Since the beginning of the fifties, the ruling paradigm in the discipline of economics has been that of a competitive general equilibrium. Associated dynamic analyses have therefore been preoccupied with the stability of this equilibrium state, corresponding simply to studies of comparative statics. The need to permeate the boundaries of this paradigm in order to open up new pathways for genuine dynamic analysis is now pressing. The contributions contained in this volume spring from this very ambition. A growing circle of economists have recently been inspired by two distinct but complementary sources: (i) the pathbreaking work of Joseph Schumpeter, and (ii) recent contributions to physics, chemistry and theoretical biology. It turns out that problems which are firmly rooted in the economic discipline, such as innovation, technological change, business cycles and economic development, contain many clear parallels with phenomena from the natural sciences such as the slaving principle, adiabatic elimination and self-organization. In such dynamic worlds, adjustment processes and adaptive behaviour are modelled with the aid of the mathematical theory of nonlinear dynamical systems. The dynamics is defined for a much wider set of conditions or states than simply a set of competitive equilibria. A common objective is to study and classify ways in which the qualitative properties of each system change as the parameters describing the system vary.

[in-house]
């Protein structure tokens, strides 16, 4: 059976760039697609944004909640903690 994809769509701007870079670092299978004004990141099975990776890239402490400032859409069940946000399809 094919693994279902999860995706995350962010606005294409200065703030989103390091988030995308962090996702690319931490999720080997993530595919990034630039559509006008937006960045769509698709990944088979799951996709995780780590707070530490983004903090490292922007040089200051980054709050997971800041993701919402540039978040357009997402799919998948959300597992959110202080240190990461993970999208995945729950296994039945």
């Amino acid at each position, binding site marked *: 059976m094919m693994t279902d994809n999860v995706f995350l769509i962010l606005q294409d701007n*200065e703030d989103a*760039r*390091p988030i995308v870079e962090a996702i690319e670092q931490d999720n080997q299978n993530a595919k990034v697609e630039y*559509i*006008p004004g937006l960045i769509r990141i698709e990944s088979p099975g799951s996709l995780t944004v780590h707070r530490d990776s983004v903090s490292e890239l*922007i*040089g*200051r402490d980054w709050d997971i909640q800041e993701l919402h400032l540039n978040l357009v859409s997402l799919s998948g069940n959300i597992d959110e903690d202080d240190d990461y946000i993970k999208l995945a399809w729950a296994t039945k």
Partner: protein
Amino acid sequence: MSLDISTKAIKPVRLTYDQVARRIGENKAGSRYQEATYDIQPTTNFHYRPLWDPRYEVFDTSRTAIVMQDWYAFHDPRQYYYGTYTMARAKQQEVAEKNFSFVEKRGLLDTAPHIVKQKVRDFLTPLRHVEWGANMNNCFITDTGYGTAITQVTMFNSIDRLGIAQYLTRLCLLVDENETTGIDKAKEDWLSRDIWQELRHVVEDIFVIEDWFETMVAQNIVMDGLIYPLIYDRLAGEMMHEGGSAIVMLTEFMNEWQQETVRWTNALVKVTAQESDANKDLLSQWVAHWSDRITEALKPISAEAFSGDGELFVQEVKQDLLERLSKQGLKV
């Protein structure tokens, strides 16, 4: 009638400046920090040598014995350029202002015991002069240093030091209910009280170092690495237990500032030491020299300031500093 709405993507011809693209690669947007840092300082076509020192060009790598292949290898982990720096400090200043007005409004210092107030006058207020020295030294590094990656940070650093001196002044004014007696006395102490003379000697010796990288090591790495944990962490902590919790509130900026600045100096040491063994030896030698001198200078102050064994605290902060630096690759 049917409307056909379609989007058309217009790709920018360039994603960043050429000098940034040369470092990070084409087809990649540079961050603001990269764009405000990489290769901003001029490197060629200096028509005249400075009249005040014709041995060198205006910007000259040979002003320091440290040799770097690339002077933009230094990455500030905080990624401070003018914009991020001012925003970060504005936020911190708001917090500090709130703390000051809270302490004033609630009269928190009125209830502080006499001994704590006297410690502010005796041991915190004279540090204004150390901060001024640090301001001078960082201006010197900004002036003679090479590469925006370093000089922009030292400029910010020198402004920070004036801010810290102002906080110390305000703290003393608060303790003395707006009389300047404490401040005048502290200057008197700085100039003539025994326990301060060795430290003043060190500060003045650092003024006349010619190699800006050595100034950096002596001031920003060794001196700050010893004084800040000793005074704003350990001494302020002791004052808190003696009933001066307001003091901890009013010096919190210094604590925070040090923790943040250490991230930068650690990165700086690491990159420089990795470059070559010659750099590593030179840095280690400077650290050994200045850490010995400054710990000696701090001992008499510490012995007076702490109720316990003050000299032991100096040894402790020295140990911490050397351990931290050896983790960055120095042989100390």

Author: David Batten
Publisher: Springer Science & Business Media
Category: Business & Economics
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